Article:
The overall goal of this collaborative Georgia Health Sciences University/Wayne State University renewal submission is to improve the reproductive health of men and women, thereby fostering the birth of healthy, desired children. To achieve this goal the applicants propose to continue to contribute a broad spectrum of research expertise and resources to the Reproductive Medicine Network (RMN). These include a commitment to and track record in cooperative clinical research - e.g., three protocols approved by the RMN Steering and Advisory Committees over the past five years, as well as a superior record of subject enrollment. The two institutions collectively offer an especially large patient base (including an extraordinarily high percentage of minorities) from which to enroll subjects into new and ongoing Network protocols. The concept protocol for the proposed period of support stems from recent secondary analysis of data from the RMN's Pregnancy in Polycystic Ovary Syndrome study, in which the applicants identified a novel outcome: the standard clinical practice of inducing a progestin-withdrawal bleed prior to administration of fertility medications dramatically decreased conception and live birth rates, compared to anovulatory women not treated with progestins. In view of this clear-cut observation, an innovative study has been designed to capitalize on it. The central hypothesis is that progestin administration to induce a withdrawal bleed will have a detrimental effect on live birth outcome in WHO Category II women with a prior anovulatory cycle. To test this hypothesis, we will pursue three specific aims: 1) Determine the rate of live births among such women receiving clomiphene citrate (CC), with or without preceding progestin withdrawal;2) Concomitantly determine the time to pregnancy in such women;and 3) Determine the influence of progestin withdrawal on the luteal phase hormonal milieu and the endometrium. The expected outcome is that renewal of our membership in the Network would allow continued contribution to the group's cooperative projects, as well as innovation of new research projects for consideration by the group. Coupled with our enlarged joint rural and urban population, documentation of being a major recruiter of racially diverse patients in RMN trials, stellar history of protocol compliance, strong history of oral and written dissemination of RMN results, and personalized attention to mentorship and training of junior clinical investigators, these are expected to have significant positive impact o the Network's capacity to attain its goal of identifying and/or improving diagnostic and therapeutic solutions to problems in reproductive medicine.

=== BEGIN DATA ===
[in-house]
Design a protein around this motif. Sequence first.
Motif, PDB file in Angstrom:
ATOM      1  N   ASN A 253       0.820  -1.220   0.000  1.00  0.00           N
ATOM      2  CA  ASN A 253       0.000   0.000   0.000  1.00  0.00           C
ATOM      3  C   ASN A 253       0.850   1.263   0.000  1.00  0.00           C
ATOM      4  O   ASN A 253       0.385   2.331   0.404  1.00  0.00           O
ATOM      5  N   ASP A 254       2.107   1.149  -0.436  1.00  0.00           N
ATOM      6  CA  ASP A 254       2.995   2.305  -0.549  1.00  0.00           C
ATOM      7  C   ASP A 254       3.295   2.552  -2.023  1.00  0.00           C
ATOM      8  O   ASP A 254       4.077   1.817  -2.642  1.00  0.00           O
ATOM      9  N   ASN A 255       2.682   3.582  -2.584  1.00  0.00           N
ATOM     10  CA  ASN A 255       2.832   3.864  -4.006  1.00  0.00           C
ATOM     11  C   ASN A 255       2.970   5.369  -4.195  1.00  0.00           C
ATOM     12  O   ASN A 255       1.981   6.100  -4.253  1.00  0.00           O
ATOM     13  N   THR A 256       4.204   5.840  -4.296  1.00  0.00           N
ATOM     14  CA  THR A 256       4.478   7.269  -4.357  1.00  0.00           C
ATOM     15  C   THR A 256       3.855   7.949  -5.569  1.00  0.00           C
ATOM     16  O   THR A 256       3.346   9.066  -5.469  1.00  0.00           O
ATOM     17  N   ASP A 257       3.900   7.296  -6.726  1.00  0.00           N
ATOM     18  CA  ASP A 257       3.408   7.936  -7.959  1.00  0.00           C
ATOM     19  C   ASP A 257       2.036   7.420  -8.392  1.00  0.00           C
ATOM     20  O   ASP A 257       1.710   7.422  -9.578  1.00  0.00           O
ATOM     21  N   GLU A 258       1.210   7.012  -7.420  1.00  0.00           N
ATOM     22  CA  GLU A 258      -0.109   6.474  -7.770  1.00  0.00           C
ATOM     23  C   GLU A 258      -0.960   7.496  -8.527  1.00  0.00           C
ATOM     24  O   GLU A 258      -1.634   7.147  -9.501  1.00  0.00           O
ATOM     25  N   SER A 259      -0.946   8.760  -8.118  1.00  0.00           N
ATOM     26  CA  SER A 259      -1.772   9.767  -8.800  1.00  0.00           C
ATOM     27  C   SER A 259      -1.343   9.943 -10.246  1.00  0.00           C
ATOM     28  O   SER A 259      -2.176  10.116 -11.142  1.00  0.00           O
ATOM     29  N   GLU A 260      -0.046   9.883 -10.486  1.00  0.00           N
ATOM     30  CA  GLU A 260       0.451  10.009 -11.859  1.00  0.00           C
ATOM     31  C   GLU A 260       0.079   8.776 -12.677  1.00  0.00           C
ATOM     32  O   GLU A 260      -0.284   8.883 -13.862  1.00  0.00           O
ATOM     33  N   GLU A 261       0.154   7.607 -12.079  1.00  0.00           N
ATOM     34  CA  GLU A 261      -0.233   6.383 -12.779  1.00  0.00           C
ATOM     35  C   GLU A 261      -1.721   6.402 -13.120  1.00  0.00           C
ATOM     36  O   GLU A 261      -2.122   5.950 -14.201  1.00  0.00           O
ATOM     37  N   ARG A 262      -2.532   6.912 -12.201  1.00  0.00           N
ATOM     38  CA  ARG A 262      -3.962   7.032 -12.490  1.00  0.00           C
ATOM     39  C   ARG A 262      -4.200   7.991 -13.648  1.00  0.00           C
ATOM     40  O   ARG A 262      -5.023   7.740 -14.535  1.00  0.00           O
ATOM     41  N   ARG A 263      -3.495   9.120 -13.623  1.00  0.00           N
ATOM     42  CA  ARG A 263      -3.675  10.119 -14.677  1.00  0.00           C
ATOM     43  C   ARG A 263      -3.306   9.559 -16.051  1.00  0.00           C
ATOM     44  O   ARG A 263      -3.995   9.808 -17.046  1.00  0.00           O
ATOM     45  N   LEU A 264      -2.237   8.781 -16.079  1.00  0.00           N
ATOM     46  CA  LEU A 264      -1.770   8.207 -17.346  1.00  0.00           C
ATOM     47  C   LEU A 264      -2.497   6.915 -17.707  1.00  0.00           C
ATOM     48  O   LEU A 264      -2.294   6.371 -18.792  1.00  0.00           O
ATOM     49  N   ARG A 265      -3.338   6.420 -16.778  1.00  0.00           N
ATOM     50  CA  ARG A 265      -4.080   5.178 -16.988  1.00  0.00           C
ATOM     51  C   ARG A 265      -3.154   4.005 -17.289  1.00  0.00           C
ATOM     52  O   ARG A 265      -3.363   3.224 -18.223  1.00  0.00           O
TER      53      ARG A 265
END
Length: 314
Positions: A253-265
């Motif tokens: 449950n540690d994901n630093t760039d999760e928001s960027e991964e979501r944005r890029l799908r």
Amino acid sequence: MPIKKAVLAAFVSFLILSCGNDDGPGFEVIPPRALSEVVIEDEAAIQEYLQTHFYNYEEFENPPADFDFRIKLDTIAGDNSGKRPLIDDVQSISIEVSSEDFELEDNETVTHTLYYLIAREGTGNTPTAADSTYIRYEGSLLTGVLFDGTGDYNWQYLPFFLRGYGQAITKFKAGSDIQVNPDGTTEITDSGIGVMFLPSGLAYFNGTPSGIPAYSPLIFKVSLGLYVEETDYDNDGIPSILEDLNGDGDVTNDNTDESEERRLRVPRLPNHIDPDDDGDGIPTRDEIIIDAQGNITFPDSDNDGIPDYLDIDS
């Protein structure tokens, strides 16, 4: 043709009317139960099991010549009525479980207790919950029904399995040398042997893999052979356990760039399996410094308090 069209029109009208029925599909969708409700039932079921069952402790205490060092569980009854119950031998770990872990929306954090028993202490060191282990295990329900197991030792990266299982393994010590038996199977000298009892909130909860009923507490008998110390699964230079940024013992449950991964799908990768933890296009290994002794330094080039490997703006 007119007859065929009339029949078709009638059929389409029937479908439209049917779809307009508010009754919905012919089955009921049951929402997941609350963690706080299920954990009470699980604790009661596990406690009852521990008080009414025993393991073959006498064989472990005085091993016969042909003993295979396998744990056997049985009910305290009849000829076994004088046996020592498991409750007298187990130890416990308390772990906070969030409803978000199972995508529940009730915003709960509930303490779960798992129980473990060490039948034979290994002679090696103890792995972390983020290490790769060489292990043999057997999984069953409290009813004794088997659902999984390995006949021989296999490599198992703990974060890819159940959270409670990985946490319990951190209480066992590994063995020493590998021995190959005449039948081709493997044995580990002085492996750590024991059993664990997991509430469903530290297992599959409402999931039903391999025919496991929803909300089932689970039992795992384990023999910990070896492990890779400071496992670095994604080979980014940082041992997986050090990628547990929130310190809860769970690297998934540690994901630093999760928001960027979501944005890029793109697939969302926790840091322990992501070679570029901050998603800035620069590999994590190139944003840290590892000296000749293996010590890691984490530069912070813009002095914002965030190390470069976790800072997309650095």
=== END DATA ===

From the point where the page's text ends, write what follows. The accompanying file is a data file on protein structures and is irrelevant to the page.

Public Health Relevance

Renewal of membership in the RMN will allow us to continue to make substantive contributions to understanding and treating problems in reproductive medicine, such as our concept protocol. If our concept study confirms our retrospective analysis, it would produce a paradigm shift in clinical care for WHO Category II women, significantly increasing pregnancy outcomes, and leading to rewriting of Ob/Gyn and REI practice guidelines. Additionally, serum and endometrial specimens will be placed in a biorepository for future biomarker, genomic, and proteomic studies, which will be made available along with the data collected in this study, for future evaluation by both the RMN and the entire reproductive science community.

National Institute of Health (NIH)
Eunice Kennedy Shriver National Institute of Child Health & Human Development (NICHD)
Cooperative Clinical Research--Cooperative Agreements (U10)
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Application #
Study Section
Special Emphasis Panel (ZHD1)
Program Officer
De Paolo, Louis V
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Georgia Regents University
Obstetrics & Gynecology
Schools of Medicine
United States
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Diamond, Michael P; Legro, Richard S; Coutifaris, Christos et al. (2017) Sexual function in infertile women with polycystic ovary syndrome and unexplained infertility. Am J Obstet Gynecol 217:191.e1-191.e19
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Engmann, Lawrence; Jin, Susan; Sun, Fangbai et al. (2017) Racial and ethnic differences in the polycystic ovary syndrome metabolic phenotype. Am J Obstet Gynecol 216:493.e1-493.e13
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